Fred Rogers was born on March 20, 1928. His birthday is not as widely known as other birthdays, such as Lincoln’s or Washington’s. Far fewer people celebrate Mr. Rogers’ Day than celebrate St. Patrick’s Day. And yet I think that it is well worth our time in times such as these to remember the question that started each episode of Mr. Rogers’ Neighborhood: “Won’t you be my neighbor?”

For Mr. Rogers had this hope that we could all be a part of making the world a better place for everyone if only we understood that we were all meant to treat each other as neighbors, caring for each other, helping each other, learning to love each other. For him, that hope sprang from his faith as a Christian, because in addition to being a children’s television host, Mr. Rogers was a Presbyterian minister. And while there are many expressions of Christianity, Mr. Rogers represented one that’s often lost in the noise of the “culture wars” and the political debates of these times. It is an expression of Christianity that understands that the central feature of the Christian life is to love our neighbors as ourselves and everyone is our neighbor.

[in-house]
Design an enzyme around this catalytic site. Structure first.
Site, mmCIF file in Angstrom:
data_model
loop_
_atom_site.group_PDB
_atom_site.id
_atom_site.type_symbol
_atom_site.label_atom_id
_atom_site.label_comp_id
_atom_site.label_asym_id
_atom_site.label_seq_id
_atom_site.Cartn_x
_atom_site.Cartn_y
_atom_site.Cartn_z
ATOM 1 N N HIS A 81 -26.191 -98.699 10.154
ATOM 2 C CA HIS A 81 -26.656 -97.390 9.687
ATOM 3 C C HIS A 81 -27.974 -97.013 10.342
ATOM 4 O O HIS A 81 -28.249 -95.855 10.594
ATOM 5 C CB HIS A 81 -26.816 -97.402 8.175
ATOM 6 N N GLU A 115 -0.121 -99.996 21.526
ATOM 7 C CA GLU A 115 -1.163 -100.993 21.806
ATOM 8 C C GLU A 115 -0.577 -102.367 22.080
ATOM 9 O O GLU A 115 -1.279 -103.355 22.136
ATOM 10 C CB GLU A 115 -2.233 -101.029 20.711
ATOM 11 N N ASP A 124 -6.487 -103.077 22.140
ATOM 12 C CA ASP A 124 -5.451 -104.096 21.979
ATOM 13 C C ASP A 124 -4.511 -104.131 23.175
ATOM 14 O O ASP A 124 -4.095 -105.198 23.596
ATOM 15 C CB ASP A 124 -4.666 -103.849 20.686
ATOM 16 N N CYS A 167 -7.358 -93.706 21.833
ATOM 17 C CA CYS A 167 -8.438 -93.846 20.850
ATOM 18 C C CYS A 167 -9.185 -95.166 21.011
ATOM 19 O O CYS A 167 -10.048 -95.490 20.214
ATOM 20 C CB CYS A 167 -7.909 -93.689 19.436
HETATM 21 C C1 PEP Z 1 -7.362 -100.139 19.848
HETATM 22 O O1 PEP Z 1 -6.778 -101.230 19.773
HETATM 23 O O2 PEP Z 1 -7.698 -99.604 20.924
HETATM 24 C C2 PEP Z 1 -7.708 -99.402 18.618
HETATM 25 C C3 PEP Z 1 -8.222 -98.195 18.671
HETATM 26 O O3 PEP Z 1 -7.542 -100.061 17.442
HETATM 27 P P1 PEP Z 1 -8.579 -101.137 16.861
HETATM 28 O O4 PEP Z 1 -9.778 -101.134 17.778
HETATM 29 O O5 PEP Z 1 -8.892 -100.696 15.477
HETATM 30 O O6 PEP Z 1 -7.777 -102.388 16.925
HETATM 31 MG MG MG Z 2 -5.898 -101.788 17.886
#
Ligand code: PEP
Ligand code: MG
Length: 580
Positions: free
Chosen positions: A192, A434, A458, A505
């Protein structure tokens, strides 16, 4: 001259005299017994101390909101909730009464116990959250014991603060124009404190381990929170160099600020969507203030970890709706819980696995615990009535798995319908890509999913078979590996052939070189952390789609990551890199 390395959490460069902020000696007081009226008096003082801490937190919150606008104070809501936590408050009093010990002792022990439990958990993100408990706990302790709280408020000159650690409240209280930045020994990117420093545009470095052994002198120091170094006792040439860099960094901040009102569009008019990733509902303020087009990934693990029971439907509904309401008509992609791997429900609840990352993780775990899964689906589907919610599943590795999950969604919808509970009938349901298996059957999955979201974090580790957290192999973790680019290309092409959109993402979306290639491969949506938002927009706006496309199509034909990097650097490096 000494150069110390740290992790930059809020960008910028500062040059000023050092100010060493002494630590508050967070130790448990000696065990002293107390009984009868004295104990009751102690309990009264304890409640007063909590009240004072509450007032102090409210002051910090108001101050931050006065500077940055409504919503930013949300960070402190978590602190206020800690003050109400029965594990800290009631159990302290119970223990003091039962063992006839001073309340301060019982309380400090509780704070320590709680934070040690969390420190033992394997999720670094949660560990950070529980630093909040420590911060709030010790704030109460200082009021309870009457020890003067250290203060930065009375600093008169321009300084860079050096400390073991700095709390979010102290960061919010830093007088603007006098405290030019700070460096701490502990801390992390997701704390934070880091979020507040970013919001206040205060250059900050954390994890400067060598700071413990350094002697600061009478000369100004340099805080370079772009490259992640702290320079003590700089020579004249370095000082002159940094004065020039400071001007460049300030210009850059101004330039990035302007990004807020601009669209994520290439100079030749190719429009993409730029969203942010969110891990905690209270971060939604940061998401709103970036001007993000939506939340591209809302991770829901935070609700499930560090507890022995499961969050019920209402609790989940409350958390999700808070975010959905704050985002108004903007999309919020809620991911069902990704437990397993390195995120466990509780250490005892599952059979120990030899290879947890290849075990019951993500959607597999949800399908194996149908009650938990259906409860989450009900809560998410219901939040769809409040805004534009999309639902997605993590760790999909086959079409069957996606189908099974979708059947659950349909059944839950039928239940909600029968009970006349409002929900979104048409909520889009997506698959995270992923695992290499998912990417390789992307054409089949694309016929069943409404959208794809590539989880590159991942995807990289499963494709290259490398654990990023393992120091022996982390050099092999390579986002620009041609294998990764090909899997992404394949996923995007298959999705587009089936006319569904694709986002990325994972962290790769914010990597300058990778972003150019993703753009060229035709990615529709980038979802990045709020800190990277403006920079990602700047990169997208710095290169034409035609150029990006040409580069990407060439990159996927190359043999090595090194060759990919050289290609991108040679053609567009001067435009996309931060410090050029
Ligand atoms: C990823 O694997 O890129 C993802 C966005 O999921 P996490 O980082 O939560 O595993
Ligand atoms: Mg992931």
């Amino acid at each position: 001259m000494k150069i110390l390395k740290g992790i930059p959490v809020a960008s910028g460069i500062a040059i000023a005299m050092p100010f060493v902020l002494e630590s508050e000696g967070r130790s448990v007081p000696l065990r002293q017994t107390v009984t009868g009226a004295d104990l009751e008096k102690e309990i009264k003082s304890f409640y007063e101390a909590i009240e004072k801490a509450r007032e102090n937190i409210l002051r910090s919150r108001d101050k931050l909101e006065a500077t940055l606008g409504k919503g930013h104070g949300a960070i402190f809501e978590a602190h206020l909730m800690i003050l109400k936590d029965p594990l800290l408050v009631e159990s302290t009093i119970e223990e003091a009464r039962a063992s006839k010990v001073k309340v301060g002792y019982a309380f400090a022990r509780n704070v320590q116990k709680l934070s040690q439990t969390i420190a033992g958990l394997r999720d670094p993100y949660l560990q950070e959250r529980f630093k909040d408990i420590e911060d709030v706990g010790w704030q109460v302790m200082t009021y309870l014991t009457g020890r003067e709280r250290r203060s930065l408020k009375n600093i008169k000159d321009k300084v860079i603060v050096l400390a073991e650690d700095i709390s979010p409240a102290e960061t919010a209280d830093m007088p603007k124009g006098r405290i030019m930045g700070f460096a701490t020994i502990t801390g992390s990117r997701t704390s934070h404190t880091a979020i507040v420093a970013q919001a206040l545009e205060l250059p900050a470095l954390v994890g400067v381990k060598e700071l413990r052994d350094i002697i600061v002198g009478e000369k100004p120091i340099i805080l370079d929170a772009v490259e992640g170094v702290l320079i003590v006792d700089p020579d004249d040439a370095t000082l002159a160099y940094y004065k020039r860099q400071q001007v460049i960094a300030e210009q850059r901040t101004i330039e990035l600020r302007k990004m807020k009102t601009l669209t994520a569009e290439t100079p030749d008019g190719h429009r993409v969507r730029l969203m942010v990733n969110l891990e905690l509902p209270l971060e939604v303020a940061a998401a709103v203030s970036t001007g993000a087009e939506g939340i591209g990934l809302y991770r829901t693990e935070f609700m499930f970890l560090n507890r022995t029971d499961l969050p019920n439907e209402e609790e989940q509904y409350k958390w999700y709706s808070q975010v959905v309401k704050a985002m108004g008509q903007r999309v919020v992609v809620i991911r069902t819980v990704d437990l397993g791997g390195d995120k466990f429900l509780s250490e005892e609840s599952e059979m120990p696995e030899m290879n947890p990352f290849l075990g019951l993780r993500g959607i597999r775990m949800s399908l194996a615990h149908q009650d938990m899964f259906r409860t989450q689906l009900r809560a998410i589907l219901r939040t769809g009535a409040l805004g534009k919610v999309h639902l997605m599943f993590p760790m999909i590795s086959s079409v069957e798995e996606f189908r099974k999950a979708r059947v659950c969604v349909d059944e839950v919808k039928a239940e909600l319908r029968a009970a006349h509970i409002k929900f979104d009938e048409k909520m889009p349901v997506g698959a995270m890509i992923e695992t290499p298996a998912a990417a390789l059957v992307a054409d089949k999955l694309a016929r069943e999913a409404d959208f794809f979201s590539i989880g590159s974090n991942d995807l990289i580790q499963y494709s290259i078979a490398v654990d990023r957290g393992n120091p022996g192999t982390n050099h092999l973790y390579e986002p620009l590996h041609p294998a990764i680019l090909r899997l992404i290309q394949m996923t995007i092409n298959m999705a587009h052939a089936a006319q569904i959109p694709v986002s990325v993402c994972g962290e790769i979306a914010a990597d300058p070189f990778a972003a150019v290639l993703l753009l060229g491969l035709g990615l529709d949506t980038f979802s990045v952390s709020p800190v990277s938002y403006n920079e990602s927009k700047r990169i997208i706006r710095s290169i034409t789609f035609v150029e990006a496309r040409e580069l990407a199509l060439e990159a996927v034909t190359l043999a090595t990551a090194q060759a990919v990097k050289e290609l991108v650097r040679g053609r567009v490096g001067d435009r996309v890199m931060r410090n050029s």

“Frankly, there isn’t anyone you couldn’t learn to love once you’ve heard their story,” Fred Rogers said. And maybe that sounds naive, but have we tried?  Have we tried to listen to others’ stories of what’s happened to them in life? Have we tried to create space where others feel safe to tell their stories honestly? Have we tried to love our neighbors, all of them, as we love ourselves?

March 20 is Fred Rogers’ birthday, and in times such as these, I wonder what kind of world it would be if we spoke less and listened more; if we considered less how to respond to each other and more how to understand each other; if we really tried to make it, for everyone, a beautiful day in their neighborhood.

–Pastor Don Steele

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